February 2013, Volume 63, Issue 2

Student's Corner

Uses and ability of chilies in reducing mucus congestion

Ahsan Akhtar  ( 4th Year Students, Dow Medical College, Karachi. )
Mirza Kazim Ali  ( 4th Year Students, Dow Medical College, Karachi. )

Madam, Rhinitis and pharyngitis are commonly occurring conditions in Pakistan, due to pollen, dust mites, exhaust from the automobiles, industrial pollution and other non-infectious causes. Most commonly it is treated symptomatically along with the drugs such as antihistamines, analgesics, antibiotics, steroids and leukotriene receptor antagonists. On average each patient spends around PKR 1000-3000 on its treatment.1 A number of home remedies are available to treat nasal congestion and throat discomfort, including plentiful supply of fluids to thin the mucus, using saline nasal sprays to keep the nasal passages hydrated, and using various decongestants.
Capsaicin (trans-8-methyl-N-vanillyl-6-nonenamide) is an important functional component of chili. Research has shown that even a small amount, 0.1µg of capsaicin is sufficient to elicit pain when given intradermal.2 However its use in ointments and patches for analgesic purposes in cases of burn injuries, neuropathic and musculoskeletal pains contradicts its pain eliciting property. This analgesic function is due to its capability of depleting substance P stores from the primary afferent neurons, eventually relieving pain in conditions like peripheral arthritis. Depleting substance P in C fibers and reducing neurogenic inflammatory response plays a great deal in relieving mucosal congestion and subsiding rhinitis symptoms.3 It also acts as an irritant on transient receptor potential cation channel subfamily V member 1 (TrpV1), which stimulates the chemosensory pathway resulting in a cough reflex.4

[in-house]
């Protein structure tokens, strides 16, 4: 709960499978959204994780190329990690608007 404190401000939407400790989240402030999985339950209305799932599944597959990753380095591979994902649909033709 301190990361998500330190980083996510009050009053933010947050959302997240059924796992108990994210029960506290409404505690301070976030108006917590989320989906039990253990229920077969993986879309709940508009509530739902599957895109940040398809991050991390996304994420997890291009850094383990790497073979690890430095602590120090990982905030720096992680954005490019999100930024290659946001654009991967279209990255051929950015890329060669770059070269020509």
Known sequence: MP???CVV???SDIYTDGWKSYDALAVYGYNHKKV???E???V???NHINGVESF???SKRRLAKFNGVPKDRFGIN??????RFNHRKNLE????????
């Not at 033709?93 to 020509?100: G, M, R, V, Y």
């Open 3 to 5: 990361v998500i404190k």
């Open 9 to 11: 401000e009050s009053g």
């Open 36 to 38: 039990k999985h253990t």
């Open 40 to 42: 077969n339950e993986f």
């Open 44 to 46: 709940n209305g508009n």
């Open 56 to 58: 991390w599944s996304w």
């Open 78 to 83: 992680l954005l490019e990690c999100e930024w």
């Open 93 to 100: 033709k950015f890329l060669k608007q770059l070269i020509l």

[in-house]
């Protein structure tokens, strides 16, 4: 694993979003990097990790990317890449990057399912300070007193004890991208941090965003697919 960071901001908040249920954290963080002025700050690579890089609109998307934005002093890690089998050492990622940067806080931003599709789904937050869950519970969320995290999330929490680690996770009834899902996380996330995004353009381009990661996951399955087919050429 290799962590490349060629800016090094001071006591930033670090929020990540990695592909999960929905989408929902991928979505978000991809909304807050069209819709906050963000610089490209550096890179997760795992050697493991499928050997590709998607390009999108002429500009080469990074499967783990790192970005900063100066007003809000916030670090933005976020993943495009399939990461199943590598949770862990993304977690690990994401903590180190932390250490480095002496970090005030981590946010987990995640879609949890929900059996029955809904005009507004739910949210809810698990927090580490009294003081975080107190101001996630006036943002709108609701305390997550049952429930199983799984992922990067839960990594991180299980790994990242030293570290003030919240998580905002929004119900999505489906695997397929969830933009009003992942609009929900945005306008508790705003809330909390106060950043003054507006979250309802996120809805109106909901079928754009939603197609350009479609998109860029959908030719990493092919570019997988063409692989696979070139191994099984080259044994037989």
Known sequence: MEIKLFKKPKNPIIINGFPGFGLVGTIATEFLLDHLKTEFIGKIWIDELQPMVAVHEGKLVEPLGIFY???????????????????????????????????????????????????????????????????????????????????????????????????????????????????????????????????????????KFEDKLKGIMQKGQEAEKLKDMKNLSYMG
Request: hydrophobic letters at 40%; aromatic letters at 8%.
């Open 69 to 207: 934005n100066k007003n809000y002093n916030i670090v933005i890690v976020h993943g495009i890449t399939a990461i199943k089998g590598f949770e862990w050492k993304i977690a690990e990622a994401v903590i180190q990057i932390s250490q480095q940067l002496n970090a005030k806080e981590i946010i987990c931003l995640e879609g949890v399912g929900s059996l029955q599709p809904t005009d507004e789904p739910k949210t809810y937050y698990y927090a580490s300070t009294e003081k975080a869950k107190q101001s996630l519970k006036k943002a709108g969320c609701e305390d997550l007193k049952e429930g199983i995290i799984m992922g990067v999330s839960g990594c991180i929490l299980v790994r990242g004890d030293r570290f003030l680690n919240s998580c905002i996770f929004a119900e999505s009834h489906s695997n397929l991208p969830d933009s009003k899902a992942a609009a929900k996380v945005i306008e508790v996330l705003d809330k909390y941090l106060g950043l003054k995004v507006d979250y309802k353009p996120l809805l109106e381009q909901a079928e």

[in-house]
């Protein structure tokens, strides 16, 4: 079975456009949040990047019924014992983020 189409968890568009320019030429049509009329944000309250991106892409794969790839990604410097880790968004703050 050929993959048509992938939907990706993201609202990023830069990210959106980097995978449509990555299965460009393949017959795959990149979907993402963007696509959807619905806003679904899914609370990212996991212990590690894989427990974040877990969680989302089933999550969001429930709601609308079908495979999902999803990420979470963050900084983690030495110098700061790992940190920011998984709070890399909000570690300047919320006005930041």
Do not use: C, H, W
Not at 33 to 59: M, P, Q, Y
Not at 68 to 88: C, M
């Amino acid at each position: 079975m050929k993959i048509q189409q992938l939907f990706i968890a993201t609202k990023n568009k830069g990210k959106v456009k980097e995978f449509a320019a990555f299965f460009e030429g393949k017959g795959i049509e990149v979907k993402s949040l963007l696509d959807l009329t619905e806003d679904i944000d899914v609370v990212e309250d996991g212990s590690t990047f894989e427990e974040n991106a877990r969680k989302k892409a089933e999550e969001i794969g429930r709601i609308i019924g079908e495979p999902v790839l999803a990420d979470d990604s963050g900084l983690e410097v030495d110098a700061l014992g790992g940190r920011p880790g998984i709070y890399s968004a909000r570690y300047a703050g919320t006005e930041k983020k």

Capsaicin has proved its beneficial role in relieving congestion through thinning of mucus and also through its cough eliciting characteristics, which help in expectorating the excess mucus and clearing trachea and nasal pathways. Though, it acts as an irritant, but when used clinically in adjunct with recommended therapies, it works out well and has come up with positive outcomes.5 In developing countries, the use of chili because of its easy availability and low price should be considered as a complementary and alternative medicine in managing rhinitis.

References

1. Saleem T, Khalid U, Sherwani UU, Ghaffar S. Clinical profile, outcomes and improvement in symptoms and productivity in rhinitic patients in Karachi, Pakistan. BMC Ear Nose Throat Disord 2009; 9: 12.
2. Simone DA, Baumann TK, LaMotte RH. Dose-dependent pain and mechanical hyperalgesia in humans after intradermal injection of capsaicin. Pain 1989; 38: 99-107.
3. Togias A. Unique mechanistic features of allergic rhinitis. J Allergy Clin Immunol 2000; 105: S599-S604.
4. Mazzone SB. An overview of the sensory receptors regulating cough. Cough 2005; 1: 1-9.
5. Bernstein JE. Method for treating nasal disorders and headaches. US 5134166 (Patent), 1992.

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